Dining & Drink: Legends coming to Shorter Avenue; Speakcheesy goes mobile again — perhaps really mobile. Brewhouse changes; and Rome City Brewing to have a 333 feel.

Dining & Drink: Legends coming to Shorter Avenue; Speakcheesy goes mobile again — perhaps really mobile. Brewhouse changes; and Rome City Brewing to have a 333 feel.

Due next month, Legends Cafe & Grill is moving into the former of M&J Home Cooking location at 2214 Shorter Ave. just below the Redmond intersection. The early Facebook page advertises “whole wings” as well as regular wings and a lot of TVs. As for M&J: Regulars have been watching the restaurant and the Facebook page for a return. In March, M&J switched to a to-go format because of the pandemic but later closed. We have a friend who still mourns the loss of those “succulent” chicken livers.

As for Legends: The cafe’s new Facebook page already has more than 400 likes. Michael Dean has stopped by the city clerk’s office for a business permit but has not applied for an alcohol pouring license as yet. The Alcohol Control Commission meets a week from Monday so if they want a permit, now’s the time.


Watching and waiting at the Brewhouse: The windows are covered and there’s talk of a sale (see this week’s Rome News-Tribune) but there’s nothing official yet happening at the city clerk’s office in terms of ownership changes and new license holders. Eric McJunkin purchased the business from Jay Shell soon after Rome City Brewing Co. opened down the street (see updates below)


Hillery Sawyer and her Speakcheesy food truck in this 2018 photo.
Speakcheesy moving back to mobile service: Founder Hillery Sawyer shared a Facebook note last week about changes after a very successful run at Rome City Brewing Co. — which likewise is changing directions. Says Sawyer:
“It is time for our business to pivot and focus on our food truck. We’ve been working through some challenging circumstances these past few months, along with other small businesses — our partners at the brewery included. Though we’ve met most of these challenges and circumstances head on to survive and conquer, it is time for us to make some changes that will benefit our business in the long term…  Speakcheesy may not be able to be your choice for daily dining in the future, we may not have a brick and mortar, and we may not have a weekly truck schedule right away, but we assure you Speakcheesy is not going anywhere. During the past seven months, we’ve had the opportunity to rebuild our little tree damaged truck, and she is 20% away from being back on the road. We will continue to take on events and caterings in the fall months as safety and schedule allow. We will still be functioning as a business just as our business did pre-Rome City Brewing.  hillery@eatspeakcheesy.com.”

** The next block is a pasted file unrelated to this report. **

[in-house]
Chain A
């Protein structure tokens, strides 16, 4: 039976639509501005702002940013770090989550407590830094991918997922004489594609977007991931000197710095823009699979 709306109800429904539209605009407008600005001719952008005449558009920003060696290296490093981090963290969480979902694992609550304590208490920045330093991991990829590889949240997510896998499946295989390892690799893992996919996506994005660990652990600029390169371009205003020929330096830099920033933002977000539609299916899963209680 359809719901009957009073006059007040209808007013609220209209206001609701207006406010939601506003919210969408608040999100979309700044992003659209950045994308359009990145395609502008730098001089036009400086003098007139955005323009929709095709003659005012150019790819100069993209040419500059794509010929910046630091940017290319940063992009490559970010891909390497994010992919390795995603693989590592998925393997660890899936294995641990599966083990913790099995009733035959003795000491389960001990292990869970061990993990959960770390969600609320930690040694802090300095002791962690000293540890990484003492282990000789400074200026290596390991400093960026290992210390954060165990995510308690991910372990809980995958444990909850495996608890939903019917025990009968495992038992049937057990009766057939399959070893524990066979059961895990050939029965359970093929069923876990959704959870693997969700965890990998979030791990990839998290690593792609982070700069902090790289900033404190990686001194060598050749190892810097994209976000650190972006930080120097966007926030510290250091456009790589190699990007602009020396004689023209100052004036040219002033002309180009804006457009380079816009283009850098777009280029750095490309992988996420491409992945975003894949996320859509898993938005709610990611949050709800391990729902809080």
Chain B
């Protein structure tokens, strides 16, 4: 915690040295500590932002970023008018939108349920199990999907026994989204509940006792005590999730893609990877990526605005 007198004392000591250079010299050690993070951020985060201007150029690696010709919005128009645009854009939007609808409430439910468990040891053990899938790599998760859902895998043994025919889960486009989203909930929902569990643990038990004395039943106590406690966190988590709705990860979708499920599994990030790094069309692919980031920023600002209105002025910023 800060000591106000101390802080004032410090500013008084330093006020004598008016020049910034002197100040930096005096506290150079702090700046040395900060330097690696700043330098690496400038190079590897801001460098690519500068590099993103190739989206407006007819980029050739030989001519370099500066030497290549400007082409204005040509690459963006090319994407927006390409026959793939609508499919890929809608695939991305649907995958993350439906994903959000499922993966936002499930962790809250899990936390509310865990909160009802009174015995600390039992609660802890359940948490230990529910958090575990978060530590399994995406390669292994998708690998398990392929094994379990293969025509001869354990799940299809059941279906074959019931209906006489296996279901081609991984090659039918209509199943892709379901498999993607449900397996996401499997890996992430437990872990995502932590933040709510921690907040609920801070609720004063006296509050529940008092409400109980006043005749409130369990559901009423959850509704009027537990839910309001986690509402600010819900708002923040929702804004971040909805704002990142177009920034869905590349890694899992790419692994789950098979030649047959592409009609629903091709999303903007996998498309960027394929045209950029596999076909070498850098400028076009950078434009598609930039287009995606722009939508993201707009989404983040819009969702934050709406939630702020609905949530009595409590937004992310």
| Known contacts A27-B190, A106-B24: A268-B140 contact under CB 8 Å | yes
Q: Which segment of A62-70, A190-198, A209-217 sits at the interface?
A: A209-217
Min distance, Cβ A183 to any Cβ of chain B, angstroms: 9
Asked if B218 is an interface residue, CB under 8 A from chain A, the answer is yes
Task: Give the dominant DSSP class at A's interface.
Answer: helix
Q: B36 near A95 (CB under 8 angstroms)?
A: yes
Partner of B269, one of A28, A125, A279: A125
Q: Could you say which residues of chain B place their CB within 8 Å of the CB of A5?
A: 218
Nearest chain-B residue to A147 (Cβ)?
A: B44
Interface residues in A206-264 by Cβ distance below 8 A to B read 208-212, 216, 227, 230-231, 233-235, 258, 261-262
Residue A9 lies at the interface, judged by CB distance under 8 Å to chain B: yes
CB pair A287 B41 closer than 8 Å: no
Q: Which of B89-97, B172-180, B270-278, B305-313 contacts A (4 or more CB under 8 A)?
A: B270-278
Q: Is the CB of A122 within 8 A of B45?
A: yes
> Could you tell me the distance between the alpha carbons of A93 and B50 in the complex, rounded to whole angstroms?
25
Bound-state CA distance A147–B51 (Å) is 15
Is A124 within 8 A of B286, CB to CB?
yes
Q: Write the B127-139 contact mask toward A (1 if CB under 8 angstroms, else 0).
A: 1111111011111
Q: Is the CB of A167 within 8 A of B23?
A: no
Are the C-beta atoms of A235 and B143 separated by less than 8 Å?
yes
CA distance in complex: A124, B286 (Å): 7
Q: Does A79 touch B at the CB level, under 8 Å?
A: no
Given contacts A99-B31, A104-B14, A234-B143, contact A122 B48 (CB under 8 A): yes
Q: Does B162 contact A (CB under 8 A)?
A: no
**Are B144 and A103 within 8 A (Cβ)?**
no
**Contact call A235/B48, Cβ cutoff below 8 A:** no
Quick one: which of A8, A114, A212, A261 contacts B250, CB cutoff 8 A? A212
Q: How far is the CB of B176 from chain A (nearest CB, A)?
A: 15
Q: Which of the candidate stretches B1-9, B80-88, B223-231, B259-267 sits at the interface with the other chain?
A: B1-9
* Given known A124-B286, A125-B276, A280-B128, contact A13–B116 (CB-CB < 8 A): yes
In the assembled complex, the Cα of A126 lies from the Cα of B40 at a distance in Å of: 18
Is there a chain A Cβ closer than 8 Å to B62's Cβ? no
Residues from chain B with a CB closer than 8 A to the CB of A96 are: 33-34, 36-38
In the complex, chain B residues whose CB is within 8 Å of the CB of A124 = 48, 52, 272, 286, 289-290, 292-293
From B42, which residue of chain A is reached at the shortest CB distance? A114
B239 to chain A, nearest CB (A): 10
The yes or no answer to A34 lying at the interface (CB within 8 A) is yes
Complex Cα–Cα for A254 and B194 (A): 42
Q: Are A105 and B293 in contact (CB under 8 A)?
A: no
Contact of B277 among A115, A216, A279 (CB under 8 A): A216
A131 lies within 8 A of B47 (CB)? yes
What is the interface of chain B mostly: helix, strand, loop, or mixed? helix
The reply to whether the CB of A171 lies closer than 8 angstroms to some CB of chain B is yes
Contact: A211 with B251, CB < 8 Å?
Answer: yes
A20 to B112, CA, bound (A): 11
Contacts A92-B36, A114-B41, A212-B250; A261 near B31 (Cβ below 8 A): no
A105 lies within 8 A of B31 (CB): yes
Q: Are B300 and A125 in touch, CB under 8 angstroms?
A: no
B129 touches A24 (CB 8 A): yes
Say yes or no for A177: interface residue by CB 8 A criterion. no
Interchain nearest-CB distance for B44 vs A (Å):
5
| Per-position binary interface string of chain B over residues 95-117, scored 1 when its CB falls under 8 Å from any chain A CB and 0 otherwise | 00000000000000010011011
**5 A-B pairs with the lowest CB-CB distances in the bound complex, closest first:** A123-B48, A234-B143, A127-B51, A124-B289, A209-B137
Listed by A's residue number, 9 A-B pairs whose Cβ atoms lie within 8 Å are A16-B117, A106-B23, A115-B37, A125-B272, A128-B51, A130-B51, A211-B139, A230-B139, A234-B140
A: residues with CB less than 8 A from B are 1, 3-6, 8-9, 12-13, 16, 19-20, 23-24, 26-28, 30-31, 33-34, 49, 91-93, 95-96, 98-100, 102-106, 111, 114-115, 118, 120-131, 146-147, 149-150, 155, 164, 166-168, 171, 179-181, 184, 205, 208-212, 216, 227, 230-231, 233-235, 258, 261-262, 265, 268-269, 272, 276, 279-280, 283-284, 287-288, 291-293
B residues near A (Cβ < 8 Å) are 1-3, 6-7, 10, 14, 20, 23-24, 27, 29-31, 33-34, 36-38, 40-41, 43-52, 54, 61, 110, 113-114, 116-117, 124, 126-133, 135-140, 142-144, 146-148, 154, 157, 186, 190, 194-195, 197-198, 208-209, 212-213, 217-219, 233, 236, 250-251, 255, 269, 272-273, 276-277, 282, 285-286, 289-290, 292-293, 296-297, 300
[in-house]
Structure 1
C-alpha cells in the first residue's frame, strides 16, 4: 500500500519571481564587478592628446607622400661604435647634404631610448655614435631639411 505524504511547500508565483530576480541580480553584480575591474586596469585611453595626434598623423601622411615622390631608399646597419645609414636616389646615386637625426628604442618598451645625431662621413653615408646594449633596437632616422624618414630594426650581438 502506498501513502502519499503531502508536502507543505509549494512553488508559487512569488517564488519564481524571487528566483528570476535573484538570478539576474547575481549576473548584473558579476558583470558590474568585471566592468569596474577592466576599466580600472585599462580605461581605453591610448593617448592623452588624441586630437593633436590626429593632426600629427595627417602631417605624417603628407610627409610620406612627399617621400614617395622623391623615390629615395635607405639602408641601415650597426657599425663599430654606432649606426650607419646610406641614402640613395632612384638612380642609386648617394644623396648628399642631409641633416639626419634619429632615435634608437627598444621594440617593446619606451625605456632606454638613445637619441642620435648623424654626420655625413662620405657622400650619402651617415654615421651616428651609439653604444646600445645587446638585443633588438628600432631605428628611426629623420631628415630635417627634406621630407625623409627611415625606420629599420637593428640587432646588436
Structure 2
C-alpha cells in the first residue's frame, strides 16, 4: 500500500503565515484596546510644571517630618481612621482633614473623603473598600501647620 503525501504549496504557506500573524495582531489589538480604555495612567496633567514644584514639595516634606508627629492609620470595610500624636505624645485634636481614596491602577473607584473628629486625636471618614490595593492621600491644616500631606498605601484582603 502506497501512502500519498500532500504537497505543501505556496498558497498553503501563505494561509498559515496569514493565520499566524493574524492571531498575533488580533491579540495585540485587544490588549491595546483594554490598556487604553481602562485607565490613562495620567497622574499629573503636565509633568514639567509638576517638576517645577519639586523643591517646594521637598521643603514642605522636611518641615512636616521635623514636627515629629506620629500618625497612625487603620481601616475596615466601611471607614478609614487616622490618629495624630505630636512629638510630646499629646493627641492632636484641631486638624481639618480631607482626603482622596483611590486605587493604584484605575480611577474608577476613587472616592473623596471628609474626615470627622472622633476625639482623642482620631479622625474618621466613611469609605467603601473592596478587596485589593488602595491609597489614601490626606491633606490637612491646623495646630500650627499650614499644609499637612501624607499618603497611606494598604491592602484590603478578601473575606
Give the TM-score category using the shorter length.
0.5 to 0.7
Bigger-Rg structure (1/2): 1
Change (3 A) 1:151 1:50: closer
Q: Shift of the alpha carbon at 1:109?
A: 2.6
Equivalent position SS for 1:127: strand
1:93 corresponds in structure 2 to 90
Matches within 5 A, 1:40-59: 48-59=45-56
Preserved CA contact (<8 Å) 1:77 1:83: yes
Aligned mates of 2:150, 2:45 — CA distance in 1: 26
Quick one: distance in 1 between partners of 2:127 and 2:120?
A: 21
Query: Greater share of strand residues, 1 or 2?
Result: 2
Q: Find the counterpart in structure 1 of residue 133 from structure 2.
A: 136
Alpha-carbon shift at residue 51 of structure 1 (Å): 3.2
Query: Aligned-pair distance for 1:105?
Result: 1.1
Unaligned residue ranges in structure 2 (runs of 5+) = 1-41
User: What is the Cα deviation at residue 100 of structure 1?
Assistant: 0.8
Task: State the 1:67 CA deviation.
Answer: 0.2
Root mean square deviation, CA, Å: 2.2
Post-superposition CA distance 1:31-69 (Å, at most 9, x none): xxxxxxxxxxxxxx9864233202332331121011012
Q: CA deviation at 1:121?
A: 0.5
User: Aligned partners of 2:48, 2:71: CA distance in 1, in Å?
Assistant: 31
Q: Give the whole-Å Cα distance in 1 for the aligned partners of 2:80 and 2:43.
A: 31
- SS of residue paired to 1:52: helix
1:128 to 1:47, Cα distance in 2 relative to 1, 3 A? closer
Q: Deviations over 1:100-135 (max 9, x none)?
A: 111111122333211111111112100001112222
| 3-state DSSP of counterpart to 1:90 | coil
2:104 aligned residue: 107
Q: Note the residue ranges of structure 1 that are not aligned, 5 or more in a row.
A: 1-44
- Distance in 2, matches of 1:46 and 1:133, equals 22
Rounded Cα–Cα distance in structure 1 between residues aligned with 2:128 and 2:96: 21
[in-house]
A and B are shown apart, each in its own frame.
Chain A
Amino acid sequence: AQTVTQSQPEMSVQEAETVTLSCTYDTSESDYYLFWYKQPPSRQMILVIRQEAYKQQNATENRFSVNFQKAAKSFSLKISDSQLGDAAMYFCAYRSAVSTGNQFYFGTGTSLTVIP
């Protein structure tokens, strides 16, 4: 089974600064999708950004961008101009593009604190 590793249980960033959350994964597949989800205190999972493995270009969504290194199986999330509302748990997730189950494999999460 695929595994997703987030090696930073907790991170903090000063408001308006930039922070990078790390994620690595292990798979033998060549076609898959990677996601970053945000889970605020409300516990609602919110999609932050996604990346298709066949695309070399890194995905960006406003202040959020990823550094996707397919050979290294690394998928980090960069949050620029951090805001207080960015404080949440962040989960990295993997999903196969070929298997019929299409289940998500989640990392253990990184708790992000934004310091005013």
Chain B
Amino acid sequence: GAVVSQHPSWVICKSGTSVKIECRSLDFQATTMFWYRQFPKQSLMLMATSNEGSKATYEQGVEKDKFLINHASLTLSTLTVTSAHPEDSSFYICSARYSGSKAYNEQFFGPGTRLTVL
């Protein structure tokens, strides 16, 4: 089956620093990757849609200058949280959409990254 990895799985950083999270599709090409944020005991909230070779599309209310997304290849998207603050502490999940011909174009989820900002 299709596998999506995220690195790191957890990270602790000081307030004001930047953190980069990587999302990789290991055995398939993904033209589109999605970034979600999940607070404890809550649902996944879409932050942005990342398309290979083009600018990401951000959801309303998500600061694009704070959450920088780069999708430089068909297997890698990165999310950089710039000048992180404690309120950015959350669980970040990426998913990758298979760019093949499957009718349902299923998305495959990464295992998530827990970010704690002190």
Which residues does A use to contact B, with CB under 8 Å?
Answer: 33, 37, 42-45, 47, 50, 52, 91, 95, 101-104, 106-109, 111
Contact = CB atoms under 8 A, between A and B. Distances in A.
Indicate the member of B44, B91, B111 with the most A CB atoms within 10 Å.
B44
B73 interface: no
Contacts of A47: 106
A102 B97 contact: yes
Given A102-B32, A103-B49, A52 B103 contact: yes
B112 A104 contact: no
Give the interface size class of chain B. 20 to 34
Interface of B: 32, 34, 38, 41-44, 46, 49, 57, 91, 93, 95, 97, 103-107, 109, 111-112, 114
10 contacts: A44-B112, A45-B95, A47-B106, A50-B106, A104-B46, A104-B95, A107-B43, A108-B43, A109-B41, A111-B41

And we had an additional conversation on Friday about what’s next. It sounds like an ultimate road trip for Speakcheesy:
“We are taking the food truck on the road. We’ve bought a Ford Transit van to convert into a camper van and its our goal to travel around the southeast, and eventually beyond, road tripping, doing small events as we go. We’ve gotten set up with a program called Harvest Host that connects us to wineries, breweries and distilleries across the U.S. that lets you camp in your self-contained van. Our plan is to organize events with some of our hosts so we can travel and spread the love of grilled cheese. Of course following protocols and applying for temporary licensing as we need it.”
But that’s coming up. For now
“Speakcheesy is leaving brewery to go back to the truck full time. We have a good looking fall season ahead, though it doesn’t look like our previous seasons it’s still strong and we are taking on lots of smaller events like the early days.”
You may recall the food truck was damaged by a storm several months ago. Says Sawyer:
“We just have to put back together …The truck should be all finished by the 20th of this month. We are doing tent set ups and bookings as per usual leading up to that date.”

And what about Rome City Brewing Co.? With the brewing equipment sold and soon to be moved to Acworth, owner Jay Shell is looking at a classic move of his own — reviving the theme of his successful 333 on Broad — which is where the brewery has been based. Shell hopes to reopen in October and a few familiar faces will return to the kitchen to offer eight or so favorites. The concept: The restaurant downstairs and the Tap Room upstairs. The building itself remains on the market. The listing
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